Summary (Masterplots, Fourth Edition)
After the Battle of Ball’s Bluff, John March, chaplain of the Union army, writes a letter from the battlefield to his wife, Margaret “Marmee,” and their daughters Meg, Jo, Beth, and Amy. The family lives in Concord, Massachusetts. Because of the atrocities March has witnessed, he exerts a certain self-censorship on his letters home. The brutality of war, including vultures eating the flesh of corpses and the horrors of the field hospital, are too brutal to be conveyed in letters read aloud to his innocent daughters. March had been in this part of the United States before, and he tells the following story.
It is twenty years earlier, and eighteen-year-old March is visiting Virginia as a peddler. For a while, he is a guest of a plantation owner, Augustus Clement. March meets Grace, an African American slave who nurses senile Mrs. Clement. March feels attracted to Grace, and with her help, he begins teaching a little slave girl to write, even though the law forbids teaching slaves to read and write. Soon, his teaching becomes known, and he is expelled from the plantation, but not before he witnesses Grace being brutally whipped.
After being expelled from the Clement plantation, young March makes a fortune as a peddler. Wealthy, he sells out his business and goes back home. He next becomes a preacher. When the Reverend Day invites him to go to Concord to preach, he meets the reverend’s sister, Margaret, or Marmee, a young woman with ideas...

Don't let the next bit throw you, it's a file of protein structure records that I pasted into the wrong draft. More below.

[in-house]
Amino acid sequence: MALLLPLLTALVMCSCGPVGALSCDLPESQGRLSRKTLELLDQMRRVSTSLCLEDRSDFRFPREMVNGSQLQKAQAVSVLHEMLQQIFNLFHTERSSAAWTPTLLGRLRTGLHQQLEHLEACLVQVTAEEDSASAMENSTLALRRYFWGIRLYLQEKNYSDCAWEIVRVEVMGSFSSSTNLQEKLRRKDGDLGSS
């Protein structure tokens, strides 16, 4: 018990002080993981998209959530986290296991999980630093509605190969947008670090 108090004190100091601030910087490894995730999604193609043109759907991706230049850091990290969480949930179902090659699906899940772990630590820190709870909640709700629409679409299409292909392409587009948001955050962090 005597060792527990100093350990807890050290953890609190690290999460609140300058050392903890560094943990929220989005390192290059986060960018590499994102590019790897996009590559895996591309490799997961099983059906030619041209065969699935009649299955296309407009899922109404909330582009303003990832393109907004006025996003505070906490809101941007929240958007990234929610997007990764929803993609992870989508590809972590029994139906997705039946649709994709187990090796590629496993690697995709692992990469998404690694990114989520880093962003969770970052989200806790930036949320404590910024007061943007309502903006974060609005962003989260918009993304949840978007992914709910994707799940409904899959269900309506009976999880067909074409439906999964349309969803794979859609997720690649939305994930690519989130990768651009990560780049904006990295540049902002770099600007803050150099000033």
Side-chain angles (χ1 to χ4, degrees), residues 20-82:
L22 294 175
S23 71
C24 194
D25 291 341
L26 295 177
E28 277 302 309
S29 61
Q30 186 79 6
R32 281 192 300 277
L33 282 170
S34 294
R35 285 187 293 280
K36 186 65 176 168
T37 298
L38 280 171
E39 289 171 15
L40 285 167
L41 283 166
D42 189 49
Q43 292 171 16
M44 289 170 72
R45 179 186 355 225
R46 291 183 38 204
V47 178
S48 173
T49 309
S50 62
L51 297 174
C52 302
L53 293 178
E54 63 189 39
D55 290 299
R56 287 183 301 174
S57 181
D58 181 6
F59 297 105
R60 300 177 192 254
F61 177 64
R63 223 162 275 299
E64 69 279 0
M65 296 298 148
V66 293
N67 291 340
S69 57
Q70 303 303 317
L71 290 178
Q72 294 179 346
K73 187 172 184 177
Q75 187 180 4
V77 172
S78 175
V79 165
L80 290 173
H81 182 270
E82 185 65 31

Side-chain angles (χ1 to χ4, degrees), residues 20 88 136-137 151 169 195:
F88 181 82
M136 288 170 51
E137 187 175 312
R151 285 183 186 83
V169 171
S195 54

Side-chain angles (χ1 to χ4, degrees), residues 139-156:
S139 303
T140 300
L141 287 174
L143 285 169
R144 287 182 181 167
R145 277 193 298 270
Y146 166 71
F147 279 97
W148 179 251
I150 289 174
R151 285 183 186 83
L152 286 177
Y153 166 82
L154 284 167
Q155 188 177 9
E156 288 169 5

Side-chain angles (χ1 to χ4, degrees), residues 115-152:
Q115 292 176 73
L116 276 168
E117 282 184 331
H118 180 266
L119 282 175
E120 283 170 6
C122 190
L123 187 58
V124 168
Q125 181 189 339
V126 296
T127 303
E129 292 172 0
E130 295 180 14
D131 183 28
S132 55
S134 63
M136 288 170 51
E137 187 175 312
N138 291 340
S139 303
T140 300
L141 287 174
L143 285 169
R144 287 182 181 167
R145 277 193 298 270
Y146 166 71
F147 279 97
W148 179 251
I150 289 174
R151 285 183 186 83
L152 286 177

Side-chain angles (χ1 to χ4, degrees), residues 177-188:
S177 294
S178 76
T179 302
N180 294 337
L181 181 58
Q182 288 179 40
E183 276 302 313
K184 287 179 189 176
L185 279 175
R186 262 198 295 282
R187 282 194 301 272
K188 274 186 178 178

(The entire section is 981 words.)
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Chapter One: Virginia Is a Hard Road
March opens with lines from a letter written by John March, a forty-year-old company chaplain for the Union army, on October 21, 1861, to his wife, Marmee, and to his daughters, after the Battle of Ball’s Bluff in Virginia. March is exhausted but has promised to write her everyday. He admits that although he misses her comforting hand, he does not want her there, and he will not write her the truth about the war.
March watches the burial party collect bodies, claiming, “I had no orders, and so placed myself where I believed I could do most good,” praying with the wounded. He recalls that during the battle, he tried to help a young Union soldier cross the river to safety, but the boy was shot in the process and drowned. Some of the men, including March, made it to an island in the river where March now thinks about the day’s events and the rotting bodies that surround him. As he makes his way to the army field hospital, he recognizes that it is Clement’s house.
Chapter Two: A Wooden Nutmeg
When he was eighteen, March peddled trinkets and books throughout Virginia. At one plantation, he met a slave named Grace who impressed him with her regal manner and beauty. She brought him into the kitchen for a meal and later to meet the master, Augustus Clement, who took an immediate liking to March and his passion for learning. Clement invited him to stay as...
(The entire section is 3446 words.)